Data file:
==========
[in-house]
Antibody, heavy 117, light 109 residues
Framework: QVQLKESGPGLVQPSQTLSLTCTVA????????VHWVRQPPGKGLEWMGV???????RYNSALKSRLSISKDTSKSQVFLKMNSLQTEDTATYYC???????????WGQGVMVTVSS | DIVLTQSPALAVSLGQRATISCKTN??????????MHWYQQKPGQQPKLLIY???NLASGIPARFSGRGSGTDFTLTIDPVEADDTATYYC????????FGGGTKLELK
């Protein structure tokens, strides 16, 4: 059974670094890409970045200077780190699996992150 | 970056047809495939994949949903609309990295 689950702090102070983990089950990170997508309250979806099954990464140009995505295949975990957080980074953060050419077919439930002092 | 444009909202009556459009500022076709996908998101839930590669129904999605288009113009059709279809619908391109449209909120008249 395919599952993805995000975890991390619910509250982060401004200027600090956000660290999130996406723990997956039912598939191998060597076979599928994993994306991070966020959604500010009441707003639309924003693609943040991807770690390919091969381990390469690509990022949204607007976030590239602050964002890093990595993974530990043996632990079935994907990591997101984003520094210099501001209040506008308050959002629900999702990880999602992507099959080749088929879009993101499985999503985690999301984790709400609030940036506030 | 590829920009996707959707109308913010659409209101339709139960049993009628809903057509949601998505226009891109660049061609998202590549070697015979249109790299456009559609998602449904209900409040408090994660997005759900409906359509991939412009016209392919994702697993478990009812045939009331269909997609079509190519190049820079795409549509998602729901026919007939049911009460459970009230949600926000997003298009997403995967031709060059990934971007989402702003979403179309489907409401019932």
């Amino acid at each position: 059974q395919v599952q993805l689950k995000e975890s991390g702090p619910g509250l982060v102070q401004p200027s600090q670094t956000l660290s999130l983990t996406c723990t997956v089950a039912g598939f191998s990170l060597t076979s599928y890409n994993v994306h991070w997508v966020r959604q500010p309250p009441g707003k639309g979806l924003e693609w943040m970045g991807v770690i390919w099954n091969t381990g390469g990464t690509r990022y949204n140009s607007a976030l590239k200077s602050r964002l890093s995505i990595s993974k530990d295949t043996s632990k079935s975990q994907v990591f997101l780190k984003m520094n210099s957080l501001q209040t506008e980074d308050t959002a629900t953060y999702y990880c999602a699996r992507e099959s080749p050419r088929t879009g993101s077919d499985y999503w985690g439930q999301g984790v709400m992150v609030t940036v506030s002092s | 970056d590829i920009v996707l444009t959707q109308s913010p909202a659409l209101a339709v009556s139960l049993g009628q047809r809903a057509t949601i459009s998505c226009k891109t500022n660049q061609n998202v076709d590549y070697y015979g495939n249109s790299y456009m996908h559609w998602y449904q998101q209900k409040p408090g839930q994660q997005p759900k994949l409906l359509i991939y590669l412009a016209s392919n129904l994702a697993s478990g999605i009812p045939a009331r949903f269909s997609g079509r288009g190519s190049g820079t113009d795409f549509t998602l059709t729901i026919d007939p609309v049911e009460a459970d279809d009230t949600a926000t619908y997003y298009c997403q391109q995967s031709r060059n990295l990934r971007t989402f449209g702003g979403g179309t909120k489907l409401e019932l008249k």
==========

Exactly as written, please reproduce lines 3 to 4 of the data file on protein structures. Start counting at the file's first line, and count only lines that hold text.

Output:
Framework: QVQLKESGPGLVQPSQTLSLTCTVA????????VHWVRQPPGKGLEWMGV???????RYNSALKSRLSISKDTSKSQVFLKMNSLQTEDTATYYC???????????WGQGVMVTVSS | DIVLTQSPALAVSLGQRATISCKTN??????????MHWYQQKPGQQPKLLIY???NLASGIPARFSGRGSGTDFTLTIDPVEADDTATYYC????????FGGGTKLELK
């Protein structure tokens, strides 16, 4: 059974670094890409970045200077780190699996992150 | 970056047809495939994949949903609309990295 689950702090102070983990089950990170997508309250979806099954990464140009995505295949975990957080980074953060050419077919439930002092 | 444009909202009556459009500022076709996908998101839930590669129904999605288009113009059709279809619908391109449209909120008249 395919599952993805995000975890991390619910509250982060401004200027600090956000660290999130996406723990997956039912598939191998060597076979599928994993994306991070966020959604500010009441707003639309924003693609943040991807770690390919091969381990390469690509990022949204607007976030590239602050964002890093990595993974530990043996632990079935994907990591997101984003520094210099501001209040506008308050959002629900999702990880999602992507099959080749088929879009993101499985999503985690999301984790709400609030940036506030 | 590829920009996707959707109308913010659409209101339709139960049993009628809903057509949601998505226009891109660049061609998202590549070697015979249109790299456009559609998602449904209900409040408090994660997005759900409906359509991939412009016209392919994702697993478990009812045939009331269909997609079509190519190049820079795409549509998602729901026919007939049911009460459970009230949600926000997003298009997403995967031709060059990934971007989402702003979403179309489907409401019932």